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Learning to Weather Our Inner Storms

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OURFATHERSOURSELVES

Note: This week Carol Smaldino explores how the new Off-Broadway work "The Play About My Dad," by Boo Killebrew, and directed by Lee Sunday Evans exemplifies the therapeutic value of storytelling. "The Play About My Dad," runs through this Saturday, July 2, 2011 at 59E59.

At a time when we have seen many disasters, some up close, many others impersonally via the media, it is easy for us to develop what Lee Sunday Evans recently dubbed "compassion fatigue." Evans is the young director of a new play by Boo Killebrew called "The Play About My Dad," a poignant and very personal attempt to heal the larger and more private wounds of Hurricane Katrina as endured most dramatically by the people of the Gulf Coast of America.

Certainly, the sense of "compassion fatigue" is something we might all recognize given the daily media bombardment of warnings, denials of warnings, and headlines of natural and human-caused disasters on global, national, and interpersonal levels. While we all have a tendency to create barriers out of fatigue and fear, experiencing this play we are somehow able to let feelings break through.

As a members of the audience, we are stirred by a sense of being hit by the storm, in a non-manipulative way, which moves us to delve into and touch our own storms within.
Simultaneously, in the context of the play, we also witness the characters build and drop barriers created desperately to defy the warnings that seemed beyond the scope of possibility. We come to understand that many in the area, according to Evans, had become used to false "boy who cried wolf" scenarios.

Playwright Boo Killebrew wrote the play for herself, and she illustrates the amazing grace one can achieve by resolving inner struggles and divisions through the storytelling; here through the telling of several stories. In a recent conversation with Killebrew, she reveals how the initial news of Katrina was coupled by not knowing if her father was alive and questioning herself as to whether she cared. It turns out that she did care, and so, through "The Play About My Dad," she captures the tendency we all have to waste so much time in our feuds and disconnects with each other.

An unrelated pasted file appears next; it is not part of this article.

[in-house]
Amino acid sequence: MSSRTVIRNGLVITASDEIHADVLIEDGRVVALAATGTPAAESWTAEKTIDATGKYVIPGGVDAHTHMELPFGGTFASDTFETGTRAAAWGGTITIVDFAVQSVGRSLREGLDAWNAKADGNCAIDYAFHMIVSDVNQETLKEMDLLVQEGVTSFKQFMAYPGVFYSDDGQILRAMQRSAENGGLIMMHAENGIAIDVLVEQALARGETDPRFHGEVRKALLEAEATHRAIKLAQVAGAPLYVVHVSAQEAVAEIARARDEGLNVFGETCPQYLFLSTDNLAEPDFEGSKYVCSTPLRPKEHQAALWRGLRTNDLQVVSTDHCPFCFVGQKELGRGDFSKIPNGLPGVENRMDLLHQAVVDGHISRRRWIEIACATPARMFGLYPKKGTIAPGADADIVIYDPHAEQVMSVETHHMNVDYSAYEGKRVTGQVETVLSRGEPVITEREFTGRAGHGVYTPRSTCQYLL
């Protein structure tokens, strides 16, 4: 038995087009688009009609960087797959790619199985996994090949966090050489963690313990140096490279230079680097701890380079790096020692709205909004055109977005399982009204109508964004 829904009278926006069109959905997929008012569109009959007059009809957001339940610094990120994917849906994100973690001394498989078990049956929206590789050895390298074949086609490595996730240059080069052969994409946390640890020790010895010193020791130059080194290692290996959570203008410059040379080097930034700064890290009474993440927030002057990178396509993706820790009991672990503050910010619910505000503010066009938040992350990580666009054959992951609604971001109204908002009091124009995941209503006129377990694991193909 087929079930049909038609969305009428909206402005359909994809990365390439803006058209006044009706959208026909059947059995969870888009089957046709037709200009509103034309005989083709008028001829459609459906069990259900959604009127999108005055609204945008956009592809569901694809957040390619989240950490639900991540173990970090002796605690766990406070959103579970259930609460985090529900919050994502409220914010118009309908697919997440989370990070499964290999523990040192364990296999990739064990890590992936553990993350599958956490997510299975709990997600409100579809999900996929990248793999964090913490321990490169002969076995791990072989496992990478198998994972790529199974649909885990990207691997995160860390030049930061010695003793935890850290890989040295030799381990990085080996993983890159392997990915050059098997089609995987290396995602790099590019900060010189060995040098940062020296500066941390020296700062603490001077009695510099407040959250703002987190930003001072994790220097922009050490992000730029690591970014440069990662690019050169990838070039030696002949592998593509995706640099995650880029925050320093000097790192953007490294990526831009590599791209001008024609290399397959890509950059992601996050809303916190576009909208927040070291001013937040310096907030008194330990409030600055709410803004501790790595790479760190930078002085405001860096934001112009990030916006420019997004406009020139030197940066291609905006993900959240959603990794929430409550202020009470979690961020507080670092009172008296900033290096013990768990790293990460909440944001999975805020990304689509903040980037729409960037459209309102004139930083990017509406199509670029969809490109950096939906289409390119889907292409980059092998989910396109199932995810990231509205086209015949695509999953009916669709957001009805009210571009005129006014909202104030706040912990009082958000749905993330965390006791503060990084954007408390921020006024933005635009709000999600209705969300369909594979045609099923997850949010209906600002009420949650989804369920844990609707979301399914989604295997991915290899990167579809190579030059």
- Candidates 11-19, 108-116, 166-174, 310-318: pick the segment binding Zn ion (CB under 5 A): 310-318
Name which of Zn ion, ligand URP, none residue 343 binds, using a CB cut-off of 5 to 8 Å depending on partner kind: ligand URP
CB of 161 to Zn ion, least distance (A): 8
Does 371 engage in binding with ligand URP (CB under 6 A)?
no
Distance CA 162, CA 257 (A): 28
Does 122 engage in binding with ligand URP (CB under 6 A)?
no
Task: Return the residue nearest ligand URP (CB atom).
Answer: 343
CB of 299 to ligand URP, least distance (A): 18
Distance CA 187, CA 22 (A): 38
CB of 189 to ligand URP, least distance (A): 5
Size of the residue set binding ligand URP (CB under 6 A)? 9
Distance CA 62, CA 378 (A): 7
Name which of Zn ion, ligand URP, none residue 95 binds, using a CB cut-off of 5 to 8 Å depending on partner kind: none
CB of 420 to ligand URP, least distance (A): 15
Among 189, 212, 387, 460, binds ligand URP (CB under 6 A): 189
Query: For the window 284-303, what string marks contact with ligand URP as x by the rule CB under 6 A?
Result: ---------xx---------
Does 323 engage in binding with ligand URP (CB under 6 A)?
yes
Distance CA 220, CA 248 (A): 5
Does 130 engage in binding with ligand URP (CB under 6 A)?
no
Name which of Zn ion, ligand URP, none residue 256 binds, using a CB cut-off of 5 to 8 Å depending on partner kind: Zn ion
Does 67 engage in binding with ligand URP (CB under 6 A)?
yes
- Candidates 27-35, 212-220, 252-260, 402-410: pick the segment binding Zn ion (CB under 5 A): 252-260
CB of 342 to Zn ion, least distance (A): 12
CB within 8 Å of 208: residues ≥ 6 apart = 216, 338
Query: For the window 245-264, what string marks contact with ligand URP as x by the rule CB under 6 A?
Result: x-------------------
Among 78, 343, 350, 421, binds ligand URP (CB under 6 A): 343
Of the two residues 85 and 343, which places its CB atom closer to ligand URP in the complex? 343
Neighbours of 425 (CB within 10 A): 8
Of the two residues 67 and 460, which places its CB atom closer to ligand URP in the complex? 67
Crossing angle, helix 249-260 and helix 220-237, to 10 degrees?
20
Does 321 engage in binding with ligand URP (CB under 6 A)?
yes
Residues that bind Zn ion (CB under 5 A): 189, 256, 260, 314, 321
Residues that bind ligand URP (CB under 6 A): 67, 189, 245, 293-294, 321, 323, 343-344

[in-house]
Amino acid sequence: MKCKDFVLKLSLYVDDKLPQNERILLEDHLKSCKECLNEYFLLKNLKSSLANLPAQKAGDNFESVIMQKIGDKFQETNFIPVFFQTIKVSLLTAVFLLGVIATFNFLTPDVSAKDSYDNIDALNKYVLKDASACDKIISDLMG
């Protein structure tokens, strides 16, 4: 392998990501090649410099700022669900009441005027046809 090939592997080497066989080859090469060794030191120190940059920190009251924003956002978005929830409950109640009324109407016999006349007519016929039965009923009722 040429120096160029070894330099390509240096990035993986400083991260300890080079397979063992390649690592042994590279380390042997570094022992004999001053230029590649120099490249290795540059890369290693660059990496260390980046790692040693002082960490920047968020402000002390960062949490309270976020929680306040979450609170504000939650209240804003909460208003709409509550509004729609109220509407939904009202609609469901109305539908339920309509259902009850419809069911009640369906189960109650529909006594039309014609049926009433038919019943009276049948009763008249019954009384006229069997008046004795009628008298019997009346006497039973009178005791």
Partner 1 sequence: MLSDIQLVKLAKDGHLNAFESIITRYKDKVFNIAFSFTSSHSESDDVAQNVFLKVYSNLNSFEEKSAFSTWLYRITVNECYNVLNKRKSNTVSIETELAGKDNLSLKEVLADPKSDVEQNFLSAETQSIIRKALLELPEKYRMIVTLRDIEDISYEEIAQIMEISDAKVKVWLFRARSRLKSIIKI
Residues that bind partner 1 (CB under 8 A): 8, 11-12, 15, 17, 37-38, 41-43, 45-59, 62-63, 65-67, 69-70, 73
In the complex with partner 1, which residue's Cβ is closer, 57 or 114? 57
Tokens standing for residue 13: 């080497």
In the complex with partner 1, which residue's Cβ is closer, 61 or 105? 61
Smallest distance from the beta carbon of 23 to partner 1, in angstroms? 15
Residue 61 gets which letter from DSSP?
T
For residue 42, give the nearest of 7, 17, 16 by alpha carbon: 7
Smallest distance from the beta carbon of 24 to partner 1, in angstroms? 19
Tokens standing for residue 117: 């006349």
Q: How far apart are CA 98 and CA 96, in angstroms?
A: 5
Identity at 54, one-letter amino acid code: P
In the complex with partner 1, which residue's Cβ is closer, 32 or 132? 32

Killebrew models for us the experience of daring to re-connect to her father and re-live the sorrows and abandonment she endured. As such we, the audience, feel less alone and are given a context in which we can experience our own pain as we feel tossed into the storms presented stage and in turn realize our own internal ones. She wrote in grief and repair, death and survival, trauma and coping with it. All of these are the stuff that haunts us most, but too often we find too little solace in community or in the kind of company that will tolerate, much less, embrace our deeper levels of pain or fear.

Therapeutically speaking, as a society, we are in need not only of these stories, but of a more present opportunity to share our own stories. We need to better understand others, and to be understood for our own meanings, feelings and contexts in our own lives. This can only happen when we share our stories, not just as headlines on Facebook or in the media we feel consumed by comparison and the artificial standards of correctness, and where we are limited from sharing the full context of our stories; where we are actually anonymous.

My phone interview with Killebrew stimulated an emotional longing in me for the kind of closeness that she sought and risked not finding on her writing journey. She shared with me the story of a day when she sat on a porch with her dad to discuss the play. Over a beer she told him, "There's some stuff." His response was, "I figured. You gotta have drama." Real tenderness was evoked as she recounted his actually seeing the play with her. He told her he was so proud of her for being an artist, but even more importantly, he said to her, "I'm so proud that we're sitting here today, that I don't care if people see how we got here."

And this is, what it's all about. Not just for the characters in the play and the real people portrayed, but for all of us. This is the therapy.

In "The Play About My Dad," the courage to get there, and to recount the story of the estrangement between her and her father is an emotional constant. As we come into contact with the multiplicity of stories, emotions, contexts, we may be reminded of our own yearning to better connect in our own lives.

Returning to the notion of compassion fatigue, it strikes me that not only are we bombarded by emergencies that we sometimes crave in our entertainment choices, but also we are missing the coping strategies and the most basic of opportunities to share on deep levels. We are so judged and so judgmental, and we are so in competition with others and at times even internally that we are devoid of true vehicles of sharing, of comfort -- the ultimate source of consolation. Killebrew and Evans and the cast of "The Play About My Dad" created a play of tragedies mixed in with redemption. They model for us a way to break the cycle of personal disasters and teach us the power of sharing and creating alternatives so we can live through our own emergencies.

We all have an appetite for an increased honesty that might -- and can -- lead to our finding and creating vehicles for our own lives. For me, this was whetted by the play. And this understanding would need to include the learning to dwell in our own context, in our own stories, behind whatever is the larger story, how we came into it and how we -- in the most personal of ways -- are affected by it in turn.

No doubt part of my own desire to see the play again had more to do with my wish to be part of the community created through the play, the performances, through the characters and through Killebrew.